Competitive intelligence involves studying the industry materials as well as competitors publications, participating in seminars, trade shows, and talking to customers.
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Managers of emerging technology companies have the advantages of obtaining all the information they need from publicly traded technology companies either from their Websites or other relations. Such managers also take keen interests in competitors’ publications that can offer them information.
Unique managers in emerging technology companies have learned that hiring competitors’ employees may not yield the desired information. This is because most companies insist that their employees sign a confidentiality agreement. This document deters any staff from spreading a company’s trade secrets to other unintended parties.
Successful emerging technology companies have learned that developing competitive intelligence requires the input of every employee. Consequently, such managers tend to involve their teams in information gathering and decision-making processes.
They believe in the power of sharing useful information to the company among all staff members. The aim is to monitor the industry activities and pay close attention to progresses competitions make. Thus, they are likely to miss any useful information for the company.
Emerging technology companies have learned to manage growth. Most successful and established technology companies must have planned for growth. They also have well-established recruitment plans and areas of focus to concentrate. Some of these companies may decide to manage growth at a given pace so that any new idea and plan easily get in the system without disrupting the normal processes.
Management of emerging technology companies requires creativity. Under normal circumstances, emerging technology companies will have employees who can share their knowledge, varied experiences and information. Managers encourage their workforces to discuss all relevant issues to their companies’ growth.
The leadership style also focuses on essential issues facing the companies’ growth. Such leadership must be strong and encourage team effort for establishment of appropriate companies’ culture.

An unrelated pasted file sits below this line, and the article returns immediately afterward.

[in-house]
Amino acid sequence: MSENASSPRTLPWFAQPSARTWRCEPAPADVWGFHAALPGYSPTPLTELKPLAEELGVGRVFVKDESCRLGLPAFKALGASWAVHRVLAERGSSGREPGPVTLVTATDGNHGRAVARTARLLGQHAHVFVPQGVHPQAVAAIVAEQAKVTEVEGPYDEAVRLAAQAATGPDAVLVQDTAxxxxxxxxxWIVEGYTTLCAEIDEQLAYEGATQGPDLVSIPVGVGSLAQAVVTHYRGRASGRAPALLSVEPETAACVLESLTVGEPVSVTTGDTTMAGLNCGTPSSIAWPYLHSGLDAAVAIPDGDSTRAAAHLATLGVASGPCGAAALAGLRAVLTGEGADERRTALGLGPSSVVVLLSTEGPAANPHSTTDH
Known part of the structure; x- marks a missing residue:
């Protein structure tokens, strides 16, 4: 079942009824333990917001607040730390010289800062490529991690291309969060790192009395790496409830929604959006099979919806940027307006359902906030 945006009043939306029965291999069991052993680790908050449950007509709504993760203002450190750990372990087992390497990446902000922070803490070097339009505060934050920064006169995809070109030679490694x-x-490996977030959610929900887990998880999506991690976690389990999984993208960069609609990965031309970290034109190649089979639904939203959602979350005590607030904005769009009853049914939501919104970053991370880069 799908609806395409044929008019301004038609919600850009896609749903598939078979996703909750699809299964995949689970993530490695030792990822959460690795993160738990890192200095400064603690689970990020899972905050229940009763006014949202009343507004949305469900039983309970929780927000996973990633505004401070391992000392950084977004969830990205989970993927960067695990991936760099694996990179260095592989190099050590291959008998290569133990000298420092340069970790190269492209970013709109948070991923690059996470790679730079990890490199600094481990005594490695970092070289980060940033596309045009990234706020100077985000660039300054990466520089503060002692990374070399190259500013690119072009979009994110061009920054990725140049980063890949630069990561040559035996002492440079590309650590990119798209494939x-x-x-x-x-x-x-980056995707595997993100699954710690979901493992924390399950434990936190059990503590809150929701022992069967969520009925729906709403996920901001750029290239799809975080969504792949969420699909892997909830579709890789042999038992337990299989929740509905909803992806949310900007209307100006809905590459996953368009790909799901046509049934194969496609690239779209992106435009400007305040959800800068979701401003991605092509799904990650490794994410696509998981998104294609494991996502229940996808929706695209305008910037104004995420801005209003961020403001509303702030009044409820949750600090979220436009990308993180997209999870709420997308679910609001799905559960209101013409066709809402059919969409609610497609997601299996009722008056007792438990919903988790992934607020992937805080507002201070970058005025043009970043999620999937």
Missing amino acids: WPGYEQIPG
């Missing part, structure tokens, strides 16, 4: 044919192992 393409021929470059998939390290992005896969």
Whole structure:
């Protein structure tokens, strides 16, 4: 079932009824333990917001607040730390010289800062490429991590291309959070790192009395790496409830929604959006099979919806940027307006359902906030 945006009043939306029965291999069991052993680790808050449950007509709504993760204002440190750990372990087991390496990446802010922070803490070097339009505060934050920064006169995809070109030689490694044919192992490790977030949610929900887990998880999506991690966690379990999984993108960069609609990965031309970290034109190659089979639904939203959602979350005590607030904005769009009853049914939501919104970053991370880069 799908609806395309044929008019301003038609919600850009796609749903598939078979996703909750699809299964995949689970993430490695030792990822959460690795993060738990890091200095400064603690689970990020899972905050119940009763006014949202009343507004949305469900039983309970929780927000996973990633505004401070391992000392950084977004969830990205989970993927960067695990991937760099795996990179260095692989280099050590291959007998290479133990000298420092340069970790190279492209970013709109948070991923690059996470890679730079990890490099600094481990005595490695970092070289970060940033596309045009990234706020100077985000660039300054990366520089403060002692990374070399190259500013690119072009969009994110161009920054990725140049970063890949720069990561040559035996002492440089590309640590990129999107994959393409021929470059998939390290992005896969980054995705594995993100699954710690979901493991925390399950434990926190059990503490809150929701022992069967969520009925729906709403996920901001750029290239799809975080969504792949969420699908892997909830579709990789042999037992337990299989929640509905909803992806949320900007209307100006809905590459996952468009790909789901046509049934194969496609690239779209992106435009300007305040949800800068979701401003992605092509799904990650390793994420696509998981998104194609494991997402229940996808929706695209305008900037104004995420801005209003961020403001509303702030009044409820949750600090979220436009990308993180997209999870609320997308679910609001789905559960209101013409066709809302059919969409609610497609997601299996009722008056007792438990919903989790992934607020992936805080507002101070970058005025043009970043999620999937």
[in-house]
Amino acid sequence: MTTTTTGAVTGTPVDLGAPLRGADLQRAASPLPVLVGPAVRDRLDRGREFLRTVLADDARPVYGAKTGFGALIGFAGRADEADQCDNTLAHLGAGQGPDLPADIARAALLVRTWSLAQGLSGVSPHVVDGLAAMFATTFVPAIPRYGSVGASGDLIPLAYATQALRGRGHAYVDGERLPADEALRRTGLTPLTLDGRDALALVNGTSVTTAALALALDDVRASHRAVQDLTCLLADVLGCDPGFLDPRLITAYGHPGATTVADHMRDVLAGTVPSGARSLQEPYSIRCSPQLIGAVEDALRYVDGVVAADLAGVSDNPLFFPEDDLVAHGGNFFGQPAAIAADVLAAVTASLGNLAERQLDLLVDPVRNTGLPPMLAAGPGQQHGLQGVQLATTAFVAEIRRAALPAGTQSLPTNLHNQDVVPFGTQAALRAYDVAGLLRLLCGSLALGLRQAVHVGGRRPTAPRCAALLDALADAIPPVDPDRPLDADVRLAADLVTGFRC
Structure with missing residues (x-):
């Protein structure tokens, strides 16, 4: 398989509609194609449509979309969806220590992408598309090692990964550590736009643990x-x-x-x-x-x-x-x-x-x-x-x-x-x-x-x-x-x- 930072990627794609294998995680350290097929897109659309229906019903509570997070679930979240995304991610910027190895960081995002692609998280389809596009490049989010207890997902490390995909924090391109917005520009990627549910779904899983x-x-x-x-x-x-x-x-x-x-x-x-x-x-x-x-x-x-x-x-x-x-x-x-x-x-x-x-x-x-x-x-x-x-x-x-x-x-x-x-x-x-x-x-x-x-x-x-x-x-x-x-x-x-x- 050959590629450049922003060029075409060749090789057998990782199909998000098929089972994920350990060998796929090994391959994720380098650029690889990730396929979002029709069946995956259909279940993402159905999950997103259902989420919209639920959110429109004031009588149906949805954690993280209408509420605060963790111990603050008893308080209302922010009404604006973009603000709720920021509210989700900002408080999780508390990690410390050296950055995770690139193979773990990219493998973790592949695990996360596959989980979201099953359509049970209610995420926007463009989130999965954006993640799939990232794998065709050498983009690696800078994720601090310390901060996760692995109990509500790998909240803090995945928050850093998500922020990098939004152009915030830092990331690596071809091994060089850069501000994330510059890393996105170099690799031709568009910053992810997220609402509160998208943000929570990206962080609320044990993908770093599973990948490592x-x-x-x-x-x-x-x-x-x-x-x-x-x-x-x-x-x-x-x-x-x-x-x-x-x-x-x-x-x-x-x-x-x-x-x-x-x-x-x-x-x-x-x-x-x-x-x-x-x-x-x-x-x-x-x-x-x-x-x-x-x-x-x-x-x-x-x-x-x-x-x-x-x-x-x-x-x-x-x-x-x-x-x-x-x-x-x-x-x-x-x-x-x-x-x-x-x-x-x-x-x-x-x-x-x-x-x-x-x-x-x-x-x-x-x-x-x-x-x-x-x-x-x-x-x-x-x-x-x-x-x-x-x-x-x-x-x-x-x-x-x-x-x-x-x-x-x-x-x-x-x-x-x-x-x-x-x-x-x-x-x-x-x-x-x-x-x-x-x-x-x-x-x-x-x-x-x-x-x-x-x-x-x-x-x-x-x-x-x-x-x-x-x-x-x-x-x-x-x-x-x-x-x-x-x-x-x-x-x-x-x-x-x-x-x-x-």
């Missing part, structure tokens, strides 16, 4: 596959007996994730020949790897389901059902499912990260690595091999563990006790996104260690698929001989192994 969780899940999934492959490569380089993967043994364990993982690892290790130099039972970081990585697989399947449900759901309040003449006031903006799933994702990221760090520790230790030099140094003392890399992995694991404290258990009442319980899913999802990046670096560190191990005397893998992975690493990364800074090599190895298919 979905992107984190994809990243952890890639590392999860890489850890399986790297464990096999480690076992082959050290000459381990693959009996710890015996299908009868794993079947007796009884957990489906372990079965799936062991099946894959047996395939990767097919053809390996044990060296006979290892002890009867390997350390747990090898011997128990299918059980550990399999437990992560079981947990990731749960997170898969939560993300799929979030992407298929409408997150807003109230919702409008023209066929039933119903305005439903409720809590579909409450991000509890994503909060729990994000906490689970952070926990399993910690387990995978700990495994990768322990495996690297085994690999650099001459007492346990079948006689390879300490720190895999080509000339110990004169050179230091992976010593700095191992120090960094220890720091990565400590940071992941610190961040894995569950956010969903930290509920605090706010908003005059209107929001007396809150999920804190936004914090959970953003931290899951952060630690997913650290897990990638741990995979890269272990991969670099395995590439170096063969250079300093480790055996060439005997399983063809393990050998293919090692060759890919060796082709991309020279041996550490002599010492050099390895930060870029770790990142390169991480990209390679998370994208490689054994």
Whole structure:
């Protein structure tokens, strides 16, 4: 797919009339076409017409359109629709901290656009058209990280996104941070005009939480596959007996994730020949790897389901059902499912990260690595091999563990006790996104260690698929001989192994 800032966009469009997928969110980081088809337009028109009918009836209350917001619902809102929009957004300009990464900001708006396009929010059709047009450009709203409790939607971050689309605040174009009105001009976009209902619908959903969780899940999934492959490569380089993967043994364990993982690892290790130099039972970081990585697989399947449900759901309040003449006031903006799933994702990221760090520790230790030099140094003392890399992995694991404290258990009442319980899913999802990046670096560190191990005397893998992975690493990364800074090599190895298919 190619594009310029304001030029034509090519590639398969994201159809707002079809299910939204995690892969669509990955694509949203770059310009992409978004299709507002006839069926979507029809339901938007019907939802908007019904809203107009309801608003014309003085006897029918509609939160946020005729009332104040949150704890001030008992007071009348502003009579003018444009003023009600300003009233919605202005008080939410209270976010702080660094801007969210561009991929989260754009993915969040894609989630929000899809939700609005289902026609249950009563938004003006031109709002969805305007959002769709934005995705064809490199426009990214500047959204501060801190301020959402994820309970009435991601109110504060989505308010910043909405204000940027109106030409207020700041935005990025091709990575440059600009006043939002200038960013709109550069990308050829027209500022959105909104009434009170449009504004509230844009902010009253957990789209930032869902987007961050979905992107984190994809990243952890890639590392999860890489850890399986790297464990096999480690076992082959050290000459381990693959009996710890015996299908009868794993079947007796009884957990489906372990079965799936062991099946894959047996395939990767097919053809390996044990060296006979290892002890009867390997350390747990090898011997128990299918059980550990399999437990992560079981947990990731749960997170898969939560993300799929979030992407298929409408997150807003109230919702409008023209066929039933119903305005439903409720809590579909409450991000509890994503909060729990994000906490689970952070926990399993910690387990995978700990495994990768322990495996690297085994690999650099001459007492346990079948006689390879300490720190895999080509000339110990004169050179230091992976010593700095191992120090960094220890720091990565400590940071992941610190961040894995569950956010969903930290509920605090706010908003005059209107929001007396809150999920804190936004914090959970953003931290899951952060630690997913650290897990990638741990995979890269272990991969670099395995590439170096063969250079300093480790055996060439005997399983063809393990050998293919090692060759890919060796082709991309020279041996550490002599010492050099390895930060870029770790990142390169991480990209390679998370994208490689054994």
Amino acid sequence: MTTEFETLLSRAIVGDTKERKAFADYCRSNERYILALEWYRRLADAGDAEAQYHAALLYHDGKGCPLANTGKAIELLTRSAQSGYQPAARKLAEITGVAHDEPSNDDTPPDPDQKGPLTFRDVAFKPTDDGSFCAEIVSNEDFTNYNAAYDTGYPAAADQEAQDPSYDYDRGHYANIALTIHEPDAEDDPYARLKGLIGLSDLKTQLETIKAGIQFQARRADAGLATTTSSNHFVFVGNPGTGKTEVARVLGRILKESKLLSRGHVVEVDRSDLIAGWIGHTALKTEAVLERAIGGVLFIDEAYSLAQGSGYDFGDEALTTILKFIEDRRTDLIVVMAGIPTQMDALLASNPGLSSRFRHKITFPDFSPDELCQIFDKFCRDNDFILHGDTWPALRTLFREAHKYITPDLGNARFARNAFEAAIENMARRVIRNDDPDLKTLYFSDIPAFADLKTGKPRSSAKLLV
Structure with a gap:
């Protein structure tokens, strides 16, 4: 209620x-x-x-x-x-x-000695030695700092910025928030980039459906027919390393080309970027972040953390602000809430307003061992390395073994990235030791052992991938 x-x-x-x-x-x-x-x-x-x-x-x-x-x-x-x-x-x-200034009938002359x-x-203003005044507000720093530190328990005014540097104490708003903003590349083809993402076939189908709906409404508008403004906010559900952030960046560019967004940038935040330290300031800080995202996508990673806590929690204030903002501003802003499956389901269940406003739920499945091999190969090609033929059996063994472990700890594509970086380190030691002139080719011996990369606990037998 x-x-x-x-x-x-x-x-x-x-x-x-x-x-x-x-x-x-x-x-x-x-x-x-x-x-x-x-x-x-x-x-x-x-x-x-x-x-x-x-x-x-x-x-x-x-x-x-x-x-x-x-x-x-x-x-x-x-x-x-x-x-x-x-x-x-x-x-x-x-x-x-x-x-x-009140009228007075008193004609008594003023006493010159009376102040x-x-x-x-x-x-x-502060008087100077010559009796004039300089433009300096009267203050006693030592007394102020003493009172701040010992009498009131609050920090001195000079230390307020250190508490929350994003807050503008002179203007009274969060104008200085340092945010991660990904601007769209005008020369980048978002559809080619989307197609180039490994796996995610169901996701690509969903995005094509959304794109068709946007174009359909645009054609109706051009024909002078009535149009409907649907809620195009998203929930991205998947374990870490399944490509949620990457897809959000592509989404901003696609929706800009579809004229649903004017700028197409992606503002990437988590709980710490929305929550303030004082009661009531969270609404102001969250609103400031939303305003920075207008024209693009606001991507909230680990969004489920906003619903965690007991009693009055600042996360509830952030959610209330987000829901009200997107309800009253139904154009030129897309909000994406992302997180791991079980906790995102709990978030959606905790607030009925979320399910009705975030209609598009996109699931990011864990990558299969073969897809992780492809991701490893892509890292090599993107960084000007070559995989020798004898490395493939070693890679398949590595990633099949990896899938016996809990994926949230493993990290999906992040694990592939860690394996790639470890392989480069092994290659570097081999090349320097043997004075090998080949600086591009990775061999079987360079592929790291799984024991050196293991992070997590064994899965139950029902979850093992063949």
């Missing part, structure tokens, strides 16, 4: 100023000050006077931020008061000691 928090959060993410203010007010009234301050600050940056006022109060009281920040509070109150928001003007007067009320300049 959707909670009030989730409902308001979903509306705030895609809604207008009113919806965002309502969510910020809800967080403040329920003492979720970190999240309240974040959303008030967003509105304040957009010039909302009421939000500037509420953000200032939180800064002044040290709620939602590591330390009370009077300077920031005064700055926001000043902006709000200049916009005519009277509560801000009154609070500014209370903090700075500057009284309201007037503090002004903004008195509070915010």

We must remember that growth may occur fast than expected. This means that companies must have the capital or generate enough revenue to support their demands. Such demands lead to rapid growth; the company may not be ready to accommodate.
Thus, any manager in emerging technology companies must consider how much resources he has for expansion and how long it will last when faced with rapid expansion. Companies must also determine the portion of the revenue that must go into product support, research, development, improvement, or manufacturing so as to support the current demand needs.
Managers know that growth is a gradual process. Emerging technology companies must prepare for such occurrences. The company must create a working environment conducive for research, office, support staff, and recruits.
This expansion also implies that the company must consolidate its operation even when growth is taking place. Managers must ensure smooth movement in cases of relocation or expansion of the company into more than a single location.
Management of emerging technology companies takes into account knowledge management in the organization. This involves having mechanisms in place to ensure that companies transfer, leverage, and share the relevant knowledge between the client and vendor.
Knowledge in emerging technology companies may include technical knowledge on systems, technologies and tools and business knowledge on business processes, company functions and the industry. However, there are a number of properties of knowledge that make its management complex. Firstly, the company distributes knowledge on both sides of the relationship between the client and vendor.
In a development project, the client possesses knowledge about its business needs from the application, and the vendor possesses technical knowledge on how to develop the product. Secondly, some knowledge is complex and context-based, which makes it difficult to articulate and transfer between the client and vendor.